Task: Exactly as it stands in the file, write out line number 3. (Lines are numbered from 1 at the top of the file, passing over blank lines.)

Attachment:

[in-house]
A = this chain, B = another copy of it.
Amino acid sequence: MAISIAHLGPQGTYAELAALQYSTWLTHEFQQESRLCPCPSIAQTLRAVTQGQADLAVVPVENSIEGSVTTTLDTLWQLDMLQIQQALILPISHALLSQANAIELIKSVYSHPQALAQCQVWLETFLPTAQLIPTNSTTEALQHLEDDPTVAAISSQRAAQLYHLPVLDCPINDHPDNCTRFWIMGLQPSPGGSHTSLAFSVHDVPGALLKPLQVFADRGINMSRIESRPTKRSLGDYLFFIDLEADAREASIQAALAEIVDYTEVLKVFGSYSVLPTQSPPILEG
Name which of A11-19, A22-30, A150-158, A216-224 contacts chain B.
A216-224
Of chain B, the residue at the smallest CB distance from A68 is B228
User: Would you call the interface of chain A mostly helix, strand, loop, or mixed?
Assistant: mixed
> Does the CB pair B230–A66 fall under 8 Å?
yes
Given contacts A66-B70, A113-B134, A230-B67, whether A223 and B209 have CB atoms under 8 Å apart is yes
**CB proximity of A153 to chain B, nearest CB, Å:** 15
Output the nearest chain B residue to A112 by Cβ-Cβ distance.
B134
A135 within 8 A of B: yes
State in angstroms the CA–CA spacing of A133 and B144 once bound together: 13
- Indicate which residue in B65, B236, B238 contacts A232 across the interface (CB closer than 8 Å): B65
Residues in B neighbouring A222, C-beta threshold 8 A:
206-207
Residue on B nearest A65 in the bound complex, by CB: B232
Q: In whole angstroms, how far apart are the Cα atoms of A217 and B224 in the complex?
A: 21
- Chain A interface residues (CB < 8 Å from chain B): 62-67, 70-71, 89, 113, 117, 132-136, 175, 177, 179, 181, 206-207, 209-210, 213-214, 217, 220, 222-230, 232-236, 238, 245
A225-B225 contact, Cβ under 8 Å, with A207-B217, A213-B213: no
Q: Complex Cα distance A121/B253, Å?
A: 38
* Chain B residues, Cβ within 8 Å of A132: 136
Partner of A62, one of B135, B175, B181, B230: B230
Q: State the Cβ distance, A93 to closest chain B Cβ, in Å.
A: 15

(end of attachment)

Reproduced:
Amino acid sequence: MAISIAHLGPQGTYAELAALQYSTWLTHEFQQESRLCPCPSIAQTLRAVTQGQADLAVVPVENSIEGSVTTTLDTLWQLDMLQIQQALILPISHALLSQANAIELIKSVYSHPQALAQCQVWLETFLPTAQLIPTNSTTEALQHLEDDPTVAAISSQRAAQLYHLPVLDCPINDHPDNCTRFWIMGLQPSPGGSHTSLAFSVHDVPGALLKPLQVFADRGINMSRIESRPTKRSLGDYLFFIDLEADAREASIQAALAEIVDYTEVLKVFGSYSVLPTQSPPILEG